Joe focuses his practice on complex litigation and vaccine injury compensation before the Court of Federal Claims. Prior to joining Maglio Christopher & Toale, P.A., Joe began his career in the mergers and acquisitions practice of a major Washington, D.C. law firm, worked on corporate restructurings and turnarounds, and then spent several years in his own practice representing entrepreneurs and small businesses.
Joe studied neuroscience and psychology at Harvard, graduating magna cum laude in 2002. His senior thesis was published in Learning & Memory, an influential cognitive neuroscience journal. This research helped to call into question the hypothesis that degeneration of cholinergic neurons plays an important role in the development of Alzheimer’s disease. The so-called “cholinergic hypothesis” had been the basis for most pharmacological therapies marketed to Alzheimer’s physicians and their patients.
Joe then received a master’s degree in biology with an emphasis on cognitive neuroscience from the University of Cambridge in the United Kingdom. Along with several Cambridge scientists, he published research on the cognitive basis of visual impairment in brain-damaged patients. These results appeared in Neuropsychologia, a prestigious and widely read journal.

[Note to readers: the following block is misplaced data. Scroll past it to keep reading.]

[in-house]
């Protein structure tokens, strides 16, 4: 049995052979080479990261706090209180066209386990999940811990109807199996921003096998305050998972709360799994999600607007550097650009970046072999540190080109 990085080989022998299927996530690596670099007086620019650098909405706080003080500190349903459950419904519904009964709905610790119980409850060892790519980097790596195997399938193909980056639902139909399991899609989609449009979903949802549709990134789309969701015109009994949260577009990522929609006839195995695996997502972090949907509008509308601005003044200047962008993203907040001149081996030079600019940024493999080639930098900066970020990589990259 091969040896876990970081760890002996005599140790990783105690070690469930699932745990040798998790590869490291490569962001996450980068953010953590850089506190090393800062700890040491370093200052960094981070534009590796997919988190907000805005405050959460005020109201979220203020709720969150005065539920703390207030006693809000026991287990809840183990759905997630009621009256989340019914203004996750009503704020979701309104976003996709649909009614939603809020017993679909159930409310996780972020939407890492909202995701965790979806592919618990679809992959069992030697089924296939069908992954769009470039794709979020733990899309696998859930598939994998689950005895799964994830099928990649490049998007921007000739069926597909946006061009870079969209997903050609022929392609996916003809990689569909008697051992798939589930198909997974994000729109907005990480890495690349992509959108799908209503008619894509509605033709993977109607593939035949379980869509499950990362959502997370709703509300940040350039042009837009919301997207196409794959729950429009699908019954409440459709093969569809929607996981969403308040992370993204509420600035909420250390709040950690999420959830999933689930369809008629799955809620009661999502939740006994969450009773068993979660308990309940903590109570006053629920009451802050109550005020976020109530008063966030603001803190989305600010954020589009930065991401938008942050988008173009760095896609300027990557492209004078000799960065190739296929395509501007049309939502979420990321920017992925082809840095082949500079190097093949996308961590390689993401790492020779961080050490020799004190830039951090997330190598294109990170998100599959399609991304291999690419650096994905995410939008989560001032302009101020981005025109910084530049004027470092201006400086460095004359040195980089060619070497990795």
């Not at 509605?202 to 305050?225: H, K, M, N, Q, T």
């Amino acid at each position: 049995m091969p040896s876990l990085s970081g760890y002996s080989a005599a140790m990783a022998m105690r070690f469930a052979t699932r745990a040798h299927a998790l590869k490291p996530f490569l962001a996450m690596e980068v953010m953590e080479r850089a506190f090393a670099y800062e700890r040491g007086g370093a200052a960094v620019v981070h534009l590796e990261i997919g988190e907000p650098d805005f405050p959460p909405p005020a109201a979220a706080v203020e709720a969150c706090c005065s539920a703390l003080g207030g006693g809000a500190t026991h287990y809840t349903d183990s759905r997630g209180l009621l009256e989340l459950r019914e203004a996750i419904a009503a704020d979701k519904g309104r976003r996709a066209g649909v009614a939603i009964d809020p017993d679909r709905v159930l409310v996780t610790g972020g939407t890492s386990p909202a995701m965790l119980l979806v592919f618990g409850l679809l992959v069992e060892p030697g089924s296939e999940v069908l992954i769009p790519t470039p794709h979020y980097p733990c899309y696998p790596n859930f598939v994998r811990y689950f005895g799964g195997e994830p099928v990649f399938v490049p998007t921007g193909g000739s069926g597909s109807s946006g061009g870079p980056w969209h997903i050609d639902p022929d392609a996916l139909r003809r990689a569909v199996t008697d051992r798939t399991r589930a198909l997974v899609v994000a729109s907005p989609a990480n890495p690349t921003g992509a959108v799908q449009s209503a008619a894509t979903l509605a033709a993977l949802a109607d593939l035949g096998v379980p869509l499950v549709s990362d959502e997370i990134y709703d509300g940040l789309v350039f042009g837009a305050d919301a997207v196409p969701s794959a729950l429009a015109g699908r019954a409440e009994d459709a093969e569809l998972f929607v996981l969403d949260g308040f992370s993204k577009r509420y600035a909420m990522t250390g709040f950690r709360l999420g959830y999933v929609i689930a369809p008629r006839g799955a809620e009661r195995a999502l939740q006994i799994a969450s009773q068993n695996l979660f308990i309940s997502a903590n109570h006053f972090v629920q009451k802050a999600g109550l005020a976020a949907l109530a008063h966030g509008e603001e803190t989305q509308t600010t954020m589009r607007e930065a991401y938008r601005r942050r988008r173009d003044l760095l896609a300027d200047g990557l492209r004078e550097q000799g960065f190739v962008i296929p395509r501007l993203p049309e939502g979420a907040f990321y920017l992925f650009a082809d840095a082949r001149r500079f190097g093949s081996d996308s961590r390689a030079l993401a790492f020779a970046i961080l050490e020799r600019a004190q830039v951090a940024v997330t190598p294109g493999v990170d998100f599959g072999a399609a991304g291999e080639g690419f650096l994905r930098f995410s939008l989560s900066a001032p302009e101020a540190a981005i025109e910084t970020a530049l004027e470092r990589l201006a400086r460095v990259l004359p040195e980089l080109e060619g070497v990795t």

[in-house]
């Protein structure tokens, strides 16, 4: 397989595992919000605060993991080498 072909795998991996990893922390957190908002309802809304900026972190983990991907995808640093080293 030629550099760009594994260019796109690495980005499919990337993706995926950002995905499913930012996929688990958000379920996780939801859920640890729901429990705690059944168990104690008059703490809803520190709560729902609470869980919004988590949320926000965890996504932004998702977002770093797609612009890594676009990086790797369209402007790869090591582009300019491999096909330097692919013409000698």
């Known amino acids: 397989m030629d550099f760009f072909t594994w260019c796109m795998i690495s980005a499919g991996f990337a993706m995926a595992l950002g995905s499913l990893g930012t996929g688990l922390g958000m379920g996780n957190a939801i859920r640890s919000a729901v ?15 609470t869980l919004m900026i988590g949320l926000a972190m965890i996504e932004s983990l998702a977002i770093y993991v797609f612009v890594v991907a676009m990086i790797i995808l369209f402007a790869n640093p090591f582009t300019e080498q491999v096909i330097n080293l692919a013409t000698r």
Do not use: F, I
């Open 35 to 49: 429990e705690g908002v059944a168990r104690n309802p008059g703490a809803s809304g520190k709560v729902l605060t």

Joe then attended law school at the New York University School of Law where he served as staff editor of the Annual Survey of American Law.
Joe is admitted to practice before the courts of the District of Columbia, the United States District Court for the District of Columbia, the United States District Court for the District of Maryland, and the United States Court of Federal Claims. He grew up in Pittsburgh and now lives in Alexandria, Virginia with his wife and daughter.
Marcel A, Mackintosh B, Postma P, Cusack R, Vuckovich J, Nimmo-Smith I, Cox SM. Is susceptibility to perceptual migration and fusion modality-specific or multimodal? Neuropsychologia. 2006;44(5):693-710. Epub 2005 Oct 18.